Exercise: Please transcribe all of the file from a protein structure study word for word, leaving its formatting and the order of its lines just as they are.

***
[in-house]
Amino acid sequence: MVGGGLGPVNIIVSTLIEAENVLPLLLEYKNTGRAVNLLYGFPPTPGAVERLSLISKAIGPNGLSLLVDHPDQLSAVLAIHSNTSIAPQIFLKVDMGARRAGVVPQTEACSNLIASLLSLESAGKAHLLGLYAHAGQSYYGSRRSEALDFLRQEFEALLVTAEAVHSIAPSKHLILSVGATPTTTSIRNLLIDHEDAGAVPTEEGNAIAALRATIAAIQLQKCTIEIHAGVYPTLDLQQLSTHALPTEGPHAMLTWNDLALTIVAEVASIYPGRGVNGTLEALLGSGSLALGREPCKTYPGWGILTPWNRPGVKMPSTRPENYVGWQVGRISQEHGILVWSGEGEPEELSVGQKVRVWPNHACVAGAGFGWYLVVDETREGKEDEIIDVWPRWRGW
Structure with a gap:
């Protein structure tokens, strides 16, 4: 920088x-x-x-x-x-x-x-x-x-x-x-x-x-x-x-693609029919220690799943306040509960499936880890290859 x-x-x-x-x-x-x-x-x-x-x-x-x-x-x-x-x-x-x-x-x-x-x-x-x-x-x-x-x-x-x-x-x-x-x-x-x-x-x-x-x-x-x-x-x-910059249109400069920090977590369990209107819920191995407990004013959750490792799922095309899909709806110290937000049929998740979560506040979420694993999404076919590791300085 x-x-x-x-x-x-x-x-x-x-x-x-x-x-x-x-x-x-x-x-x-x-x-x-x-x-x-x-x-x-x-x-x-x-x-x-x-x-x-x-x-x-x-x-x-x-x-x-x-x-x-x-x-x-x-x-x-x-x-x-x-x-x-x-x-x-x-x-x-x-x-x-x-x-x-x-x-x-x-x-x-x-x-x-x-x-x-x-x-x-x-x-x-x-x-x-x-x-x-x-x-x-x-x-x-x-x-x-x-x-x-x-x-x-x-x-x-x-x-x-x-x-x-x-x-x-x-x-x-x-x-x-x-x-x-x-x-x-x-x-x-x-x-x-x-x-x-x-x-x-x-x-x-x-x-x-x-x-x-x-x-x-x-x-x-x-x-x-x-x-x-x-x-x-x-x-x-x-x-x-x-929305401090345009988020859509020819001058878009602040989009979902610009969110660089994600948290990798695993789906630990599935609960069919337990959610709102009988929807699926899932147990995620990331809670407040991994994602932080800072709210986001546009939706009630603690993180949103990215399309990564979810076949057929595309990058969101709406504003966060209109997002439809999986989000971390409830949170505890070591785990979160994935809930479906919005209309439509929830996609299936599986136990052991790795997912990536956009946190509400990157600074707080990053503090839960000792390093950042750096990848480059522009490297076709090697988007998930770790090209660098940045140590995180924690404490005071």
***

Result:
[in-house]
Amino acid sequence: MVGGGLGPVNIIVSTLIEAENVLPLLLEYKNTGRAVNLLYGFPPTPGAVERLSLISKAIGPNGLSLLVDHPDQLSAVLAIHSNTSIAPQIFLKVDMGARRAGVVPQTEACSNLIASLLSLESAGKAHLLGLYAHAGQSYYGSRRSEALDFLRQEFEALLVTAEAVHSIAPSKHLILSVGATPTTTSIRNLLIDHEDAGAVPTEEGNAIAALRATIAAIQLQKCTIEIHAGVYPTLDLQQLSTHALPTEGPHAMLTWNDLALTIVAEVASIYPGRGVNGTLEALLGSGSLALGREPCKTYPGWGILTPWNRPGVKMPSTRPENYVGWQVGRISQEHGILVWSGEGEPEELSVGQKVRVWPNHACVAGAGFGWYLVVDETREGKEDEIIDVWPRWRGW
Structure with a gap:
């Protein structure tokens, strides 16, 4: 920088x-x-x-x-x-x-x-x-x-x-x-x-x-x-x-693609029919220690799943306040509960499936880890290859 x-x-x-x-x-x-x-x-x-x-x-x-x-x-x-x-x-x-x-x-x-x-x-x-x-x-x-x-x-x-x-x-x-x-x-x-x-x-x-x-x-x-x-x-x-910059249109400069920090977590369990209107819920191995407990004013959750490792799922095309899909709806110290937000049929998740979560506040979420694993999404076919590791300085 x-x-x-x-x-x-x-x-x-x-x-x-x-x-x-x-x-x-x-x-x-x-x-x-x-x-x-x-x-x-x-x-x-x-x-x-x-x-x-x-x-x-x-x-x-x-x-x-x-x-x-x-x-x-x-x-x-x-x-x-x-x-x-x-x-x-x-x-x-x-x-x-x-x-x-x-x-x-x-x-x-x-x-x-x-x-x-x-x-x-x-x-x-x-x-x-x-x-x-x-x-x-x-x-x-x-x-x-x-x-x-x-x-x-x-x-x-x-x-x-x-x-x-x-x-x-x-x-x-x-x-x-x-x-x-x-x-x-x-x-x-x-x-x-x-x-x-x-x-x-x-x-x-x-x-x-x-x-x-x-x-x-x-x-x-x-x-x-x-x-x-x-x-x-x-x-x-x-x-x-x-929305401090345009988020859509020819001058878009602040989009979902610009969110660089994600948290990798695993789906630990599935609960069919337990959610709102009988929807699926899932147990995620990331809670407040991994994602932080800072709210986001546009939706009630603690993180949103990215399309990564979810076949057929595309990058969101709406504003966060209109997002439809999986989000971390409830949170505890070591785990979160994935809930479906919005209309439509929830996609299936599986136990052991790795997912990536956009946190509400990157600074707080990053503090839960000792390093950042750096990848480059522009490297076709090697988007998930770790090209660098940045140590995180924690404490005071």